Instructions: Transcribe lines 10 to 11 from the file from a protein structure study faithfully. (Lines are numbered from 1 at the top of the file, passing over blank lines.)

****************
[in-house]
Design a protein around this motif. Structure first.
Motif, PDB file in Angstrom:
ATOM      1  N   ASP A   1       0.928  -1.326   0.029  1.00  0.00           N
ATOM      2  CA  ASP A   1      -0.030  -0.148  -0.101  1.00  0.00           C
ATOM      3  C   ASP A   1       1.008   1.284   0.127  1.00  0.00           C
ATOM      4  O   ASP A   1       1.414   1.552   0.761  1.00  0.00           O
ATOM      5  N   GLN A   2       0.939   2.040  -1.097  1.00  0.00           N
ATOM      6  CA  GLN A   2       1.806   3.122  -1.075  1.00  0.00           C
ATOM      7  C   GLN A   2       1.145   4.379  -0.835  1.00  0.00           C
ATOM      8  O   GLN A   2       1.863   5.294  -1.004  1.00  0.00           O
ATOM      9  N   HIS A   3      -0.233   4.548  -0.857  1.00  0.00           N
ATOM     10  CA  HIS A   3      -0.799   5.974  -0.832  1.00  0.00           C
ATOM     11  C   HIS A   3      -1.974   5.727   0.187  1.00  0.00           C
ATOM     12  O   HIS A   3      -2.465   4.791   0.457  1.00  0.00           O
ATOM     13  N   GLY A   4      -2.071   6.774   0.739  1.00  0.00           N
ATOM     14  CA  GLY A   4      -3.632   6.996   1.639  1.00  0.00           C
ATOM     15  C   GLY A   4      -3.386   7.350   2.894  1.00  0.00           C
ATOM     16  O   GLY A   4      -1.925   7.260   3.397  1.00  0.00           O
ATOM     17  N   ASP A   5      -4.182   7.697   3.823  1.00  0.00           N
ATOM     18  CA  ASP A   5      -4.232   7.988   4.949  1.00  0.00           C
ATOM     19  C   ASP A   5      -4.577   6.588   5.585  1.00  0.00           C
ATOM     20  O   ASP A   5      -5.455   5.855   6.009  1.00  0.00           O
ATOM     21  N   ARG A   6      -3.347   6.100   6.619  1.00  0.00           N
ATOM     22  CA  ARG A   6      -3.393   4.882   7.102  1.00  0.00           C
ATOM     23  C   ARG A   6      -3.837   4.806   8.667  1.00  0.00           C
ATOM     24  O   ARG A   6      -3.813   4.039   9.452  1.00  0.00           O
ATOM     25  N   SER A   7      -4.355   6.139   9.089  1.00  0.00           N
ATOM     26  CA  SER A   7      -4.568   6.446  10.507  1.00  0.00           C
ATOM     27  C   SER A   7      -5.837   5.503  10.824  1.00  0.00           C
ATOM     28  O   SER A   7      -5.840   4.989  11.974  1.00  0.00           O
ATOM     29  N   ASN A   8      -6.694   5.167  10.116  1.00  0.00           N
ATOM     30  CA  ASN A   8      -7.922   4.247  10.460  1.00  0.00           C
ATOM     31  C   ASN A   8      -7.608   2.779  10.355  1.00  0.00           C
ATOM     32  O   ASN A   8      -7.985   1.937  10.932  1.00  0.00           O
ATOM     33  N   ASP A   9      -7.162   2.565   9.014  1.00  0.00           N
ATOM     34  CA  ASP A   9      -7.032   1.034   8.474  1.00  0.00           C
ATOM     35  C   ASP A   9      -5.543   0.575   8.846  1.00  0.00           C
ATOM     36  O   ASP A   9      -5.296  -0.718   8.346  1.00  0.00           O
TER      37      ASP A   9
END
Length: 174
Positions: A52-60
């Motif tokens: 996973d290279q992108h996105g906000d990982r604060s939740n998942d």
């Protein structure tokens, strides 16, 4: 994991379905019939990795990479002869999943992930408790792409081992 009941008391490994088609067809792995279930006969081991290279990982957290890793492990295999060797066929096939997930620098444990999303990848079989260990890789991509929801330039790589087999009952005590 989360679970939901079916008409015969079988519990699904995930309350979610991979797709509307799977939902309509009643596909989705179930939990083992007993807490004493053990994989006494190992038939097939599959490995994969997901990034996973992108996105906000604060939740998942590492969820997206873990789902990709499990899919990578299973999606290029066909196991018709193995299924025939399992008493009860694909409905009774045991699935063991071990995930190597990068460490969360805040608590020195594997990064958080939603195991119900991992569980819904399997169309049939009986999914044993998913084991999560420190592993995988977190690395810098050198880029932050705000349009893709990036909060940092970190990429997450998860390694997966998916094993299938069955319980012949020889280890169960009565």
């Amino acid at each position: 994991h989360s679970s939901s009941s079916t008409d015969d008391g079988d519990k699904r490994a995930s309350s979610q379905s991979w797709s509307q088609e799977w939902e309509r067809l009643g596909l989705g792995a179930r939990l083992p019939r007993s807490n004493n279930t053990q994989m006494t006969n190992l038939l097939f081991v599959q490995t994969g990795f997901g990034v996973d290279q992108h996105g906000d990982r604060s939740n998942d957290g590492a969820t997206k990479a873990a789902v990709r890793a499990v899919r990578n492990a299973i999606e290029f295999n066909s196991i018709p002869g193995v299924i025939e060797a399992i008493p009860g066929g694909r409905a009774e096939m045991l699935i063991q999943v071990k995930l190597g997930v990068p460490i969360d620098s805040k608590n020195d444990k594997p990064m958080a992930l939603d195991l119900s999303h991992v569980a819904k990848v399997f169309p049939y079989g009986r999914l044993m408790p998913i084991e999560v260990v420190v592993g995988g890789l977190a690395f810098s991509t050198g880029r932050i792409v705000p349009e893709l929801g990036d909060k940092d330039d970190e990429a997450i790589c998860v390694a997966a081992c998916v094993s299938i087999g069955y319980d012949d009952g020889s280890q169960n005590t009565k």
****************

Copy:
ATOM      7  C   GLN A   2       1.145   4.379  -0.835  1.00  0.00           C
ATOM      8  O   GLN A   2       1.863   5.294  -1.004  1.00  0.00           O